Work on the eastern leg of high-speed rail project HS2 has stopped, according to its chief executive.
The Department for Transport has told officials on the scheme to stop working on the project which will see the link extended from Birmingham to Leeds via the East Midlands.
Work on the other elements continues.
HS2’s chief executive Mark Thurston said: “We wait to be guided by the Department on what we do with the eastern link.”
Construction work on phase one of HS2 between Birmingham and London is well under way, including on the four new stations which will serve the line.
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Phase 2a will run between Birmingham and Crewe while phase 2b comprises Crewe to Manchester and the section between Birmingham, the East Midlands and Leeds from where it will switch to conventional tracks to serve the North East.
The Government ordered a review of the scheme, with a decision to be published in a document called the Integrated Rail Plan for the North and Midlands. This was due out by the end of last year but has been delayed. Prime Minister Boris Johnson has previously said he was committed to building the whole of HS2.
As well as connectivity, manufacturing is also a factor with HS2, with British Steel eyeing up rail and other infrastructure requirements and the new Siemens Mobility train factory at Goole bidding to build rolling stock.
Mr Thurston told a House of Commons inquiry that High Speed Two Ltd, the Government-owned company building the network, had initially worked on the North West section and North East sections of the line as a single project.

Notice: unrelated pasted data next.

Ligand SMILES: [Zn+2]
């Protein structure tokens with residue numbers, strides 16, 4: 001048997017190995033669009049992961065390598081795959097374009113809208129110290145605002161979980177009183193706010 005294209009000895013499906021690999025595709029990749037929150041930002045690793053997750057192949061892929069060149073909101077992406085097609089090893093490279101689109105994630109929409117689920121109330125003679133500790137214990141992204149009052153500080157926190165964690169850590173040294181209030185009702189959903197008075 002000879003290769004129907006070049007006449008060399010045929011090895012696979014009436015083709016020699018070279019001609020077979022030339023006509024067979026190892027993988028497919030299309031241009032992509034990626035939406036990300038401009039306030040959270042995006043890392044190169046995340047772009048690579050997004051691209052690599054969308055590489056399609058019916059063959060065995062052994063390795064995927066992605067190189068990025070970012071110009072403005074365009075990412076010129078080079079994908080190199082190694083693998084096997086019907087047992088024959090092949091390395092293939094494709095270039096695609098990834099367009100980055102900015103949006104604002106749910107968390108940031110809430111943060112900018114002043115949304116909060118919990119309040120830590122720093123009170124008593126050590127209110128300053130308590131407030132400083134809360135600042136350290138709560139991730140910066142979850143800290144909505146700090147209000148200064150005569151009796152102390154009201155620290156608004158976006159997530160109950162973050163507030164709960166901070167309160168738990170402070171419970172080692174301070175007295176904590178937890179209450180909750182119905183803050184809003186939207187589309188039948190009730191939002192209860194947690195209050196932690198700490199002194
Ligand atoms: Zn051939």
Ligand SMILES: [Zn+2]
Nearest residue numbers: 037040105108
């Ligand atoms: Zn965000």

But he added: “At the moment, we are only working on phase 2b west.
“We are only focused on that. The company has been asked by the Department for Transport to focus on the route into Manchester and the eastern leg will play out in the fullness of time. We expect it to be part of the Integrated Rail Plan.
“We are focused on producing a budget and a plan, working on the hybrid bill to get Royal Assent somewhere around 2024 or 2025, subject to parliamentary timetables, for the section to Manchester.
“That is where our focus is at the moment. The company is not doing any work on anything else at the moment.”
He said the original plan was that the whole of phase 2b would be done as one integrated project.
“That is not now playing out that way,” he said.
“We are taking the western link now as a very discrete project and we wait to be guided by the Department on what we do with the eastern link.”
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Asked what he expected to see in the Integrated Rail Plan, West Midlands Mayor Andy Street told the inquiry: “An absolute commitment to the western leg of phase 2b.
“I am realistic that there will probably be a serious delay in the eastern leg of 2b. I believe the Government will still commit to doing it but will not be specific about the timing of when.
“Let’s be honest, we all know that the Government has to make an incredibly difficult decision about priorities. I think I have been as vociferous as anybody in this kingdom in arguing for the full HS2.
“People have accused me of all sorts of things but we have to face the reality that we now have which is that difficult decisions have to be made.”
He said he expected the Government to approve the proposed £2 billion Midlands Rail Hub which will create additional rail services between the West Midlands and East Midlands destinations such as Leicester, Nottingham and Derby.